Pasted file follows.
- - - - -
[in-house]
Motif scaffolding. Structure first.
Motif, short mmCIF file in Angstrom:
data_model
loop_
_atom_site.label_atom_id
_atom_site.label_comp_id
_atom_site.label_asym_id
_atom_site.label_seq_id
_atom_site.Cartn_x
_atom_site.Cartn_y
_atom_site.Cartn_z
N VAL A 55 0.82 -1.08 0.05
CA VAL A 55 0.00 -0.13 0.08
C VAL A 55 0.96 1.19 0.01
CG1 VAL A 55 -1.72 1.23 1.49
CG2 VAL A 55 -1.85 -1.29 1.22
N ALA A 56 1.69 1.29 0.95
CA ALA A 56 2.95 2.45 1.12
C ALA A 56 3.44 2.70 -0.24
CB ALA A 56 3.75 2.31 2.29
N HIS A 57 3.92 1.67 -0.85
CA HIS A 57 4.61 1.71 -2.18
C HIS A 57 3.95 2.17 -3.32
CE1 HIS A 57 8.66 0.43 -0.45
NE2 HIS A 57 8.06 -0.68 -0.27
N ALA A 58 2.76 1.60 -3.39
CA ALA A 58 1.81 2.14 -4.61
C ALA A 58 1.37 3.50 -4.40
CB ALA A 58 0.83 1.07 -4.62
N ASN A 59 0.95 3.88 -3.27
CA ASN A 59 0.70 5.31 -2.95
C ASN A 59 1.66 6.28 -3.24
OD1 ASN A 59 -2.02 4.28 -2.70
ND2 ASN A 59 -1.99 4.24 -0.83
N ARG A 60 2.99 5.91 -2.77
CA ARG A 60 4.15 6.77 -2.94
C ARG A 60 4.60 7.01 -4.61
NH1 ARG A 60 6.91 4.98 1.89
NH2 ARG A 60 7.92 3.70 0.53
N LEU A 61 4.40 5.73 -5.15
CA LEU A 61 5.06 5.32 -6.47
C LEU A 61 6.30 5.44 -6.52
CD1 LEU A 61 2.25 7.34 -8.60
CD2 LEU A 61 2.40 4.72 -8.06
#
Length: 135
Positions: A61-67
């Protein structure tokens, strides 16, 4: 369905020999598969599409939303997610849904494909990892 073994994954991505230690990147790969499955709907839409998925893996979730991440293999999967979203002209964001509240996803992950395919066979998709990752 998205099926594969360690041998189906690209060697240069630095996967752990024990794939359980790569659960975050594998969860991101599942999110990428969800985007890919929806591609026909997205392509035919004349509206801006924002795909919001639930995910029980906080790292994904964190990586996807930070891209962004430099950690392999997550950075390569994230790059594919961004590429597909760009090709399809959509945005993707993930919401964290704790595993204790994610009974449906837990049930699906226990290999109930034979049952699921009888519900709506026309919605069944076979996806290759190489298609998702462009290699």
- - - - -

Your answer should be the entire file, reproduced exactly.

[in-house]
Motif scaffolding. Structure first.
Motif, short mmCIF file in Angstrom:
data_model
loop_
_atom_site.label_atom_id
_atom_site.label_comp_id
_atom_site.label_asym_id
_atom_site.label_seq_id
_atom_site.Cartn_x
_atom_site.Cartn_y
_atom_site.Cartn_z
N VAL A 55 0.82 -1.08 0.05
CA VAL A 55 0.00 -0.13 0.08
C VAL A 55 0.96 1.19 0.01
CG1 VAL A 55 -1.72 1.23 1.49
CG2 VAL A 55 -1.85 -1.29 1.22
N ALA A 56 1.69 1.29 0.95
CA ALA A 56 2.95 2.45 1.12
C ALA A 56 3.44 2.70 -0.24
CB ALA A 56 3.75 2.31 2.29
N HIS A 57 3.92 1.67 -0.85
CA HIS A 57 4.61 1.71 -2.18
C HIS A 57 3.95 2.17 -3.32
CE1 HIS A 57 8.66 0.43 -0.45
NE2 HIS A 57 8.06 -0.68 -0.27
N ALA A 58 2.76 1.60 -3.39
CA ALA A 58 1.81 2.14 -4.61
C ALA A 58 1.37 3.50 -4.40
CB ALA A 58 0.83 1.07 -4.62
N ASN A 59 0.95 3.88 -3.27
CA ASN A 59 0.70 5.31 -2.95
C ASN A 59 1.66 6.28 -3.24
OD1 ASN A 59 -2.02 4.28 -2.70
ND2 ASN A 59 -1.99 4.24 -0.83
N ARG A 60 2.99 5.91 -2.77
CA ARG A 60 4.15 6.77 -2.94
C ARG A 60 4.60 7.01 -4.61
NH1 ARG A 60 6.91 4.98 1.89
NH2 ARG A 60 7.92 3.70 0.53
N LEU A 61 4.40 5.73 -5.15
CA LEU A 61 5.06 5.32 -6.47
C LEU A 61 6.30 5.44 -6.52
CD1 LEU A 61 2.25 7.34 -8.60
CD2 LEU A 61 2.40 4.72 -8.06
#
Length: 135
Positions: A61-67
């Protein structure tokens, strides 16, 4: 369905020999598969599409939303997610849904494909990892 073994994954991505230690990147790969499955709907839409998925893996979730991440293999999967979203002209964001509240996803992950395919066979998709990752 998205099926594969360690041998189906690209060697240069630095996967752990024990794939359980790569659960975050594998969860991101599942999110990428969800985007890919929806591609026909997205392509035919004349509206801006924002795909919001639930995910029980906080790292994904964190990586996807930070891209962004430099950690392999997550950075390569994230790059594919961004590429597909760009090709399809959509945005993707993930919401964290704790595993204790994610009974449906837990049930699906226990290999109930034979049952699921009888519900709506026309919605069944076979996806290759190489298609998702462009290699």